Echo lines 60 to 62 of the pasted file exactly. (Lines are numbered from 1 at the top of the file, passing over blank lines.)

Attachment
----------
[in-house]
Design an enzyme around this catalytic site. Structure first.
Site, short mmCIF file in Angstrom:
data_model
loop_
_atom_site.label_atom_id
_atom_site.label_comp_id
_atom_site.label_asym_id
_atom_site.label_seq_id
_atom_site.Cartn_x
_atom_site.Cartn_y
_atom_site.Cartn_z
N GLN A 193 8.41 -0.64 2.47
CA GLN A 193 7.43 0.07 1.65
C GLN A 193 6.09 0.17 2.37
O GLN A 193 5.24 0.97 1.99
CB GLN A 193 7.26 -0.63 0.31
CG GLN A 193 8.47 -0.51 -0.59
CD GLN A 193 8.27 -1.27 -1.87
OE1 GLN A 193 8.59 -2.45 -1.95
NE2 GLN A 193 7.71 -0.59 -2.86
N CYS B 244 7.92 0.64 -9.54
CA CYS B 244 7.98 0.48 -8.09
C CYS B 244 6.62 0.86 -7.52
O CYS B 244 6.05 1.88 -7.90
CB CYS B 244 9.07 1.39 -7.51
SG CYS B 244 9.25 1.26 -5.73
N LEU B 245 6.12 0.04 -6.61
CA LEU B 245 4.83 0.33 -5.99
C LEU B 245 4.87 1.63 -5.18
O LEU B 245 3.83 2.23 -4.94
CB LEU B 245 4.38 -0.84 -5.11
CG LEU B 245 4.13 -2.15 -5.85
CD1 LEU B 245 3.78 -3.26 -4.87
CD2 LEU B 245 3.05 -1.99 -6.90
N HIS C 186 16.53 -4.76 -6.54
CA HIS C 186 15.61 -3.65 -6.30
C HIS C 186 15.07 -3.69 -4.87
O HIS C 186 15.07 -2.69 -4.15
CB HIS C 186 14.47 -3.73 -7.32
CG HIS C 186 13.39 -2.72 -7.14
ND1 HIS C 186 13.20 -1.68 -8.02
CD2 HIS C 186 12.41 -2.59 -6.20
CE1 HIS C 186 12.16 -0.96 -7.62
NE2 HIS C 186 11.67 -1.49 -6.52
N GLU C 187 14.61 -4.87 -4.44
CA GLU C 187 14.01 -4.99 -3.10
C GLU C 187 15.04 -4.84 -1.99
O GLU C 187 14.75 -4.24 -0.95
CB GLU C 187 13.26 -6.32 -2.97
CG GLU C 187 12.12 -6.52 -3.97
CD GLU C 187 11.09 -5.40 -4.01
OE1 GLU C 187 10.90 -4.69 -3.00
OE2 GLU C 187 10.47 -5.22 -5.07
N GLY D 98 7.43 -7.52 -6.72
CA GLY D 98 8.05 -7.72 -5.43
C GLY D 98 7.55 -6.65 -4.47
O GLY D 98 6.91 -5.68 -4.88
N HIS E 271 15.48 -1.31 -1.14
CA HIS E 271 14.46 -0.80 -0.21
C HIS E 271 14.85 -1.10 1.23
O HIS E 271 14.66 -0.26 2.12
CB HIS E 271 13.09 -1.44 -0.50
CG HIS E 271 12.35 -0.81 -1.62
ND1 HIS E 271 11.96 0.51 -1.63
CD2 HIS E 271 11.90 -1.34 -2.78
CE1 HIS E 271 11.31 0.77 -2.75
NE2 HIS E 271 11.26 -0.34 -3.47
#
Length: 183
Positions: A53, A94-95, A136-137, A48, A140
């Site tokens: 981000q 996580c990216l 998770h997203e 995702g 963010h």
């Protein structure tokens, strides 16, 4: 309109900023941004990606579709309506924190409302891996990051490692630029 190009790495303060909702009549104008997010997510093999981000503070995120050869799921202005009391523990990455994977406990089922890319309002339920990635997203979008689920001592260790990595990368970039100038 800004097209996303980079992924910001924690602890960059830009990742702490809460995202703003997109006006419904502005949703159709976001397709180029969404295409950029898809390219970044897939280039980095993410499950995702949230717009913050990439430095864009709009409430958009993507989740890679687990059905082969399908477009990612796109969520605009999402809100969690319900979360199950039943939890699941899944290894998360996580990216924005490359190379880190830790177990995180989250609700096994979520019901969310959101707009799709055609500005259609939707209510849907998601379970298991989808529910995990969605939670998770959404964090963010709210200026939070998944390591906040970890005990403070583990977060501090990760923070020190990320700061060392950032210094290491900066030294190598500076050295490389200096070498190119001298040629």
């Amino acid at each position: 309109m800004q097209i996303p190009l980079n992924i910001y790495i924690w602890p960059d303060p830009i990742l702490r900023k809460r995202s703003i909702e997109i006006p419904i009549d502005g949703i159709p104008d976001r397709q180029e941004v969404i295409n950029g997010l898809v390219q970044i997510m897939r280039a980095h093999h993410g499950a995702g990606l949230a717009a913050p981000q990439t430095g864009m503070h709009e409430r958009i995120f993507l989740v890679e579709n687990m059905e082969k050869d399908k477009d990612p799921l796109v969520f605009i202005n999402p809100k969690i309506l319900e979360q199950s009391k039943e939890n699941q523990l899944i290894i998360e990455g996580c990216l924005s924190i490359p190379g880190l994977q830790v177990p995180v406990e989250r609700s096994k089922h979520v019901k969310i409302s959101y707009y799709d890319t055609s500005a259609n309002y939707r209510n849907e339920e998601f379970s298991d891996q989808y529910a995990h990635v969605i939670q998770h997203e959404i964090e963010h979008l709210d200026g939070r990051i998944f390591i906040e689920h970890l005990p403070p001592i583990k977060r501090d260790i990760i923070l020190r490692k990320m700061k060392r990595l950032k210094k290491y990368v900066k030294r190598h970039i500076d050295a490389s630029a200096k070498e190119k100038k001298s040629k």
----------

CA HIS E 271 14.46 -0.80 -0.21
C HIS E 271 14.85 -1.10 1.23
O HIS E 271 14.66 -0.26 2.12